Hands-On with Android Q Beta 4

Posted on June 13, 2019 by Paul Thurrott in Android with 19 Comments

When Google announced the first Android Q Beta back in March, I installed it on my Pixel 2 XL to see what was new. Since then, the Android Q beta has proceeded on a very regular schedule, with Beta 2 released in April and Beta 3 arriving in May.

But concurrent to this, Google also announced the Pixel 3a and Pixel 3a XL handsets in early May. So I decided to buy a Pixel 3a XL, and to make the purchase even more affordable, I traded in my Pixel 2 XL, and for a reasonable $263, by the way. I really like the Pixel 3a XL, but with the Pixel 2 XL gone, I needed to figure out which handset to use with the Android Q Beta.

I would have installed Beta 4 on my Pixel 3 XL last week, but there was apparently some kind of an install blocking issue. So I un-enrolled that device after a few days of waiting and then enrolled my Pixel 3a XL, which I brought with me on this week’s trip to Washington D.C. And sure enough, I got the install prompt Wednesday during Windows Weekly. So, I finally installed the latest Android Q beta and can now check out all of the new features.

The biggest change, I think, is the new gesture navigation system, which, as many have noted, is identical to gesture navigation on home button-less iPhones like the X, XS, and XR.

I’m not sure that I like it. And it’s not a lack of familiarity: I’ve used this navigation system across a few iPhones already and think it works well on that system. But I also prefer the two-button navigation system that Google introduced in Android 9 Pie. Fortunately, both will be options in Android Q.

Google calls the new system fully gestural navigation and, sure enough, it relies entirely on gestures instead of virtual buttons (as in the traditional 3-button Android navigation bar) or some combination of virtual buttons and gestures (as with two-button navigation). If you know how newer iPhones work, it’s not just similar, it’s identical, with one major addition tied to the Android All Apps screen.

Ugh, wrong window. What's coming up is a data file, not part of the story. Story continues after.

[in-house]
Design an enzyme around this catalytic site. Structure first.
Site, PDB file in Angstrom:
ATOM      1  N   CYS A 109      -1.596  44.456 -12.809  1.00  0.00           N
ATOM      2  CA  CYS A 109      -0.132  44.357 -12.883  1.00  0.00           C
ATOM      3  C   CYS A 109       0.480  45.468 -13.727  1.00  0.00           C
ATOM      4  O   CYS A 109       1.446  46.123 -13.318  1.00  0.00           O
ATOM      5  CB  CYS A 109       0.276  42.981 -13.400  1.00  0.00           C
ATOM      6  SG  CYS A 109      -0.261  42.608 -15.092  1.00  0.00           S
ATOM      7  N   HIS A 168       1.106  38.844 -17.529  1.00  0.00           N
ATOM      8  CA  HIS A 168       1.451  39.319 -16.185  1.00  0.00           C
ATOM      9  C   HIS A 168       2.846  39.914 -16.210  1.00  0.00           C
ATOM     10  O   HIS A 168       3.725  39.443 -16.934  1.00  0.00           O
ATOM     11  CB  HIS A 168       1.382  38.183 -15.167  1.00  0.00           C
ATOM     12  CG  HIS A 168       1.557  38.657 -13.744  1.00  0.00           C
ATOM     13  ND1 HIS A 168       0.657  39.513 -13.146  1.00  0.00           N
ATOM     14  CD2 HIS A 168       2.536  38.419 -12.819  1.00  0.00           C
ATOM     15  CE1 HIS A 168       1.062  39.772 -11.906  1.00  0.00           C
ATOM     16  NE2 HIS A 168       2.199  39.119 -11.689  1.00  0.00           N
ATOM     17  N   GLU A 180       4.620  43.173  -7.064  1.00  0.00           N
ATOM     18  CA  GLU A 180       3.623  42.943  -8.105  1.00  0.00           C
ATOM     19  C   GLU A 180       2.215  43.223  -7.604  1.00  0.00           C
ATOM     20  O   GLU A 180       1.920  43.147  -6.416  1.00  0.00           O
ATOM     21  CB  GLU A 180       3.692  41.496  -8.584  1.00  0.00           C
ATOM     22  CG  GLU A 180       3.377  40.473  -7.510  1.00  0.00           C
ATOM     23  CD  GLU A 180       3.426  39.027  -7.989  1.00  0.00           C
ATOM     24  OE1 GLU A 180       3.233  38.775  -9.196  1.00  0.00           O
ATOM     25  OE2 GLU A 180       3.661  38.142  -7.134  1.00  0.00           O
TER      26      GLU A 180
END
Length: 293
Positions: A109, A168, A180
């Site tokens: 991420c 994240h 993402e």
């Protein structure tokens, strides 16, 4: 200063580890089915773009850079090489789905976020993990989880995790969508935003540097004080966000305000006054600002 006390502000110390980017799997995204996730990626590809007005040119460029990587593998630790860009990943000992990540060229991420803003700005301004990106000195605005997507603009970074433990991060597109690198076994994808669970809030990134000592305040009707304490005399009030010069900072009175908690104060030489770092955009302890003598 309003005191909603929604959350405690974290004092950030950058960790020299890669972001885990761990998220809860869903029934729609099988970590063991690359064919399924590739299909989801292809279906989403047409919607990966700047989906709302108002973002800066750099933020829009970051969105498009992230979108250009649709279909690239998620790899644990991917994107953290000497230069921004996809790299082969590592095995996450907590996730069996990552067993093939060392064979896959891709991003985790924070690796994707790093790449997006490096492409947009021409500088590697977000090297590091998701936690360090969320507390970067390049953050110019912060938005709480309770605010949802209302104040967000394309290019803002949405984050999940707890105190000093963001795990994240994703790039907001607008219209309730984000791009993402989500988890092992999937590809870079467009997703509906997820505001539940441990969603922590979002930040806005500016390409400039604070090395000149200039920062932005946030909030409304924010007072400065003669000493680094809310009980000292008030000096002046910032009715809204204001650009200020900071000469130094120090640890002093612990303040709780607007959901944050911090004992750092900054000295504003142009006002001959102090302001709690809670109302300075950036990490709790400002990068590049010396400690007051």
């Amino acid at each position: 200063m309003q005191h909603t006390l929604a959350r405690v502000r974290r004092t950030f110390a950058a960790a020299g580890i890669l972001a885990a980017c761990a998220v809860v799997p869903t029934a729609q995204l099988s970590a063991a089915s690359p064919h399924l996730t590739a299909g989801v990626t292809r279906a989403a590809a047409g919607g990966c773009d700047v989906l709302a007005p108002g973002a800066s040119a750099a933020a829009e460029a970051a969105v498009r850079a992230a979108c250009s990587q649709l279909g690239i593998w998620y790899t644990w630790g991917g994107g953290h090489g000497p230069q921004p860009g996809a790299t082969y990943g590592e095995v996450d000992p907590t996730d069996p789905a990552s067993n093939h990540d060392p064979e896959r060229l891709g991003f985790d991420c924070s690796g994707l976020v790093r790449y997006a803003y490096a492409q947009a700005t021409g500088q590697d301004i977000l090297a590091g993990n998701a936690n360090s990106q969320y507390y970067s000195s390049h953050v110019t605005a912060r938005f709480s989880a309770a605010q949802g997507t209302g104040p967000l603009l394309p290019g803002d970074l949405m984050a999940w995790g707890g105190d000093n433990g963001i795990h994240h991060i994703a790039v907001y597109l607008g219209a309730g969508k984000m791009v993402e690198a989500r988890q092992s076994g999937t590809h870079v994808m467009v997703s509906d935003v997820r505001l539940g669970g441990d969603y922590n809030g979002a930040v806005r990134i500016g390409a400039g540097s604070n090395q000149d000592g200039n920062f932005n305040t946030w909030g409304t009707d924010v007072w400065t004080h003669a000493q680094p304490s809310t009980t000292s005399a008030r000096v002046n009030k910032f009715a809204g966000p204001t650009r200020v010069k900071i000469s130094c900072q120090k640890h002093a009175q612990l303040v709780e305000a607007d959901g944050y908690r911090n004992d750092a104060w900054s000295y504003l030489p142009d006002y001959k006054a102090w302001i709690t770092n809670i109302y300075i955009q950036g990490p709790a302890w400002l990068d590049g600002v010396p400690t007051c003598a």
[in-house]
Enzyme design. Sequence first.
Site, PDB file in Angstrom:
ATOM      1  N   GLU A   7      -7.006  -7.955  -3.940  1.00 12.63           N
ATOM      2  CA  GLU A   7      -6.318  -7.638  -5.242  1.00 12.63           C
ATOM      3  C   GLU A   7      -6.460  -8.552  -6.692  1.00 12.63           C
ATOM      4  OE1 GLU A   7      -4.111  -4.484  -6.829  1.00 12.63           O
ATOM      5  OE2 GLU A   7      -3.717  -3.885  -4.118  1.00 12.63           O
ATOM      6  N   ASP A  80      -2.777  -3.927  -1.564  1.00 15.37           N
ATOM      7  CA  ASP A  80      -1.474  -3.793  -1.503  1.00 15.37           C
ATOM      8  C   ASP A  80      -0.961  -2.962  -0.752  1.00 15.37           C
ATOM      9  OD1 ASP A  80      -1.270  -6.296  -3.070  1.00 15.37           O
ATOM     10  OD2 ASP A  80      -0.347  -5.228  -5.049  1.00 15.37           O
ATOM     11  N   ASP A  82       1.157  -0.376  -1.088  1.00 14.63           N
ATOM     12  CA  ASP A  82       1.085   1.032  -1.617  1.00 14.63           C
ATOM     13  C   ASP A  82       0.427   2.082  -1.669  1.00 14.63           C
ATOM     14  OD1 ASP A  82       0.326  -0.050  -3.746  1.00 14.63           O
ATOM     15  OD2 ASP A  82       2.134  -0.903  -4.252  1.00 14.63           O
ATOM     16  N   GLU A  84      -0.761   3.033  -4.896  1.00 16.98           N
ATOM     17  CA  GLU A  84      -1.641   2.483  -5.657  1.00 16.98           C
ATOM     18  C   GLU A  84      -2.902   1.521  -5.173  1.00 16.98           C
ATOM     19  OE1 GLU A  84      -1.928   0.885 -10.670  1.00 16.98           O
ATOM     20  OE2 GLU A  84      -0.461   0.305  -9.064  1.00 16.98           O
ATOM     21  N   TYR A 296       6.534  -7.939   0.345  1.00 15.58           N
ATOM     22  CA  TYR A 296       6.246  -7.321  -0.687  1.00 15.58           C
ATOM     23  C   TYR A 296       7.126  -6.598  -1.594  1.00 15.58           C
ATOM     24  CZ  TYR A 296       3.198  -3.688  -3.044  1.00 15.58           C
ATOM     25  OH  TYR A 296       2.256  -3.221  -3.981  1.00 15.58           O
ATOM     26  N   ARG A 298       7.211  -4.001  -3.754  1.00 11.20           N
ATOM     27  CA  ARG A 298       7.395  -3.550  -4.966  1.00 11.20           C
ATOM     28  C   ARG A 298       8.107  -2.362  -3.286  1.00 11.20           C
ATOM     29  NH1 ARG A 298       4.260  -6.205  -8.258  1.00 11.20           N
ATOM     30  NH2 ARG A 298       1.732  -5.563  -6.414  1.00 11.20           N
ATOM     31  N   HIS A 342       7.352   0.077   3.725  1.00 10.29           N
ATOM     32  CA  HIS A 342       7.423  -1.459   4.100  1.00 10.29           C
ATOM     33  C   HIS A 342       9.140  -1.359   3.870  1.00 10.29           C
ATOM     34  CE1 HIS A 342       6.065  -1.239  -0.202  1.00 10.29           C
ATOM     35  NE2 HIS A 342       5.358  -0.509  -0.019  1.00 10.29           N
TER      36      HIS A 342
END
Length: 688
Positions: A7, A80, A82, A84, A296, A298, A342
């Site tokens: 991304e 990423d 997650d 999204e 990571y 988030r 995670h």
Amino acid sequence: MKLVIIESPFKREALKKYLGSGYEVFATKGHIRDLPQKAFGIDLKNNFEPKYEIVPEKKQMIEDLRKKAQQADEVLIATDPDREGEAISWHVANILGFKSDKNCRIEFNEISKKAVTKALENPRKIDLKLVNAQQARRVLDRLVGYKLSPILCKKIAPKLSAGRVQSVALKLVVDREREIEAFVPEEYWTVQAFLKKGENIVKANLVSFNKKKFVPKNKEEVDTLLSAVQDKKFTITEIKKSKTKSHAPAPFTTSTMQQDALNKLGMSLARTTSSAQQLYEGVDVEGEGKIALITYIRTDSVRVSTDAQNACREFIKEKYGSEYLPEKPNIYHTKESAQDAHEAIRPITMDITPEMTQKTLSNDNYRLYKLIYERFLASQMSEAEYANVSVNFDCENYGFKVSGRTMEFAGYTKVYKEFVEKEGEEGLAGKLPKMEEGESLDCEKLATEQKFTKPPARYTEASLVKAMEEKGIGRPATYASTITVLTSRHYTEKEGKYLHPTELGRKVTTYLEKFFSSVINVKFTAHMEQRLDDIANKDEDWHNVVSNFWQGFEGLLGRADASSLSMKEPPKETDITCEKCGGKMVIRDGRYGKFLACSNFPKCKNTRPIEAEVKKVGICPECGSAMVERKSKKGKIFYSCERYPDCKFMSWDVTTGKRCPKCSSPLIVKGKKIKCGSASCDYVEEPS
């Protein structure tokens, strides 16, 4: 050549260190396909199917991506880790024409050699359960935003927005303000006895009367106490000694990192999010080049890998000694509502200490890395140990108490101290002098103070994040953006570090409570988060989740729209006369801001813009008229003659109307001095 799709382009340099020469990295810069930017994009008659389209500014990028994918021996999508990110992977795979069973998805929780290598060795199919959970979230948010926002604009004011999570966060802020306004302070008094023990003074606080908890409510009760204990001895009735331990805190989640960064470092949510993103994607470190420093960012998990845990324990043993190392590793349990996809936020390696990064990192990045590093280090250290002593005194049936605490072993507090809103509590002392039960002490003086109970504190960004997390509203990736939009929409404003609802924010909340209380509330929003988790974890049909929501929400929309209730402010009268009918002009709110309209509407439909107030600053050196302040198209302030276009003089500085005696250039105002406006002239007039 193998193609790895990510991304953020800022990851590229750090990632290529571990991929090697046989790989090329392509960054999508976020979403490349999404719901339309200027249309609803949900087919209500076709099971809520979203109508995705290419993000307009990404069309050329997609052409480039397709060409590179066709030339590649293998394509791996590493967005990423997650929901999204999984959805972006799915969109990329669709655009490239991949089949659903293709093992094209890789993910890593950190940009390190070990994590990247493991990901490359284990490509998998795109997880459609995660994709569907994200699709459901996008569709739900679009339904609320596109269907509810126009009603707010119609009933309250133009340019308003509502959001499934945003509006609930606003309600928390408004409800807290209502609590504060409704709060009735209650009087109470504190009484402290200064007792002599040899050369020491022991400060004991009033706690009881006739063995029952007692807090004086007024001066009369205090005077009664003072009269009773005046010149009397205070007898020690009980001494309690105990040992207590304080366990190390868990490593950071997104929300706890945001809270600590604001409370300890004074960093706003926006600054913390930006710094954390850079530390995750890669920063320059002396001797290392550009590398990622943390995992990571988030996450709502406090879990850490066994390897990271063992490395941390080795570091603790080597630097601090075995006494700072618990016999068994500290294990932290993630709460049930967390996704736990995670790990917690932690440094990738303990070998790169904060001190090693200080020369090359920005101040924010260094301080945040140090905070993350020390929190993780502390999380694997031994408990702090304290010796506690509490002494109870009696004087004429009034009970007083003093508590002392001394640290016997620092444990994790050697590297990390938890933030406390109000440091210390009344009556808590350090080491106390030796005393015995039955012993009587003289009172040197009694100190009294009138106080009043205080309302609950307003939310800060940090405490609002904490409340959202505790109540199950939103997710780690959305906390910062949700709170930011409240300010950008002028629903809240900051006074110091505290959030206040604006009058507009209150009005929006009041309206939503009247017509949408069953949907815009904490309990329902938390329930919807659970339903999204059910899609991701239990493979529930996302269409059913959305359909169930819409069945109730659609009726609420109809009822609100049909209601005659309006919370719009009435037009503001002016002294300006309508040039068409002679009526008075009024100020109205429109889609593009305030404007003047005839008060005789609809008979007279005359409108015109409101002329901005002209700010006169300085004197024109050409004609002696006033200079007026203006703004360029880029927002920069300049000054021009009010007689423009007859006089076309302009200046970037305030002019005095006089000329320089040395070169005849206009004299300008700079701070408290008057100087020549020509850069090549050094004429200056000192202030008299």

You can tell you have fully gestural navigation enabled because there are no on-screen navigation buttons. Instead, you see a subtle horizontal line, similar to on the iPhone.

To go Home, display the Overview (app switching) screen, or display All Apps, you swipe up from the bottom center of the screen to different degrees. That much overloading can be confusing, and it is. But I suppose it’s like anything else: Use it enough and it becomes familiar.

Even more confusing, at least at first, is that you go back by swiping to the right from the left edge of the screen. This, too, will etch itself in my brain soon enough, but on more than one occasion, I’ve found myself at some dead-end in an app like Facebook, with no visible, onscreen way to go back to the previous display, just staring at it in confusion.

The second major change in Android Q is the formal, system-wide support for a Dark Theme. As you might expect given the timing, it’s a bit of a mixed bag at the moment. Most system interfaces—the search box on Home, the Google Discovery feed, Settings, and so on—are correctly dark-looking.

But most apps, including some of Google’s, don’t yet support Dark Theme. Gmail doesn’t, though Google Calendar does. Messages does, but you have to set it manually. You get the idea.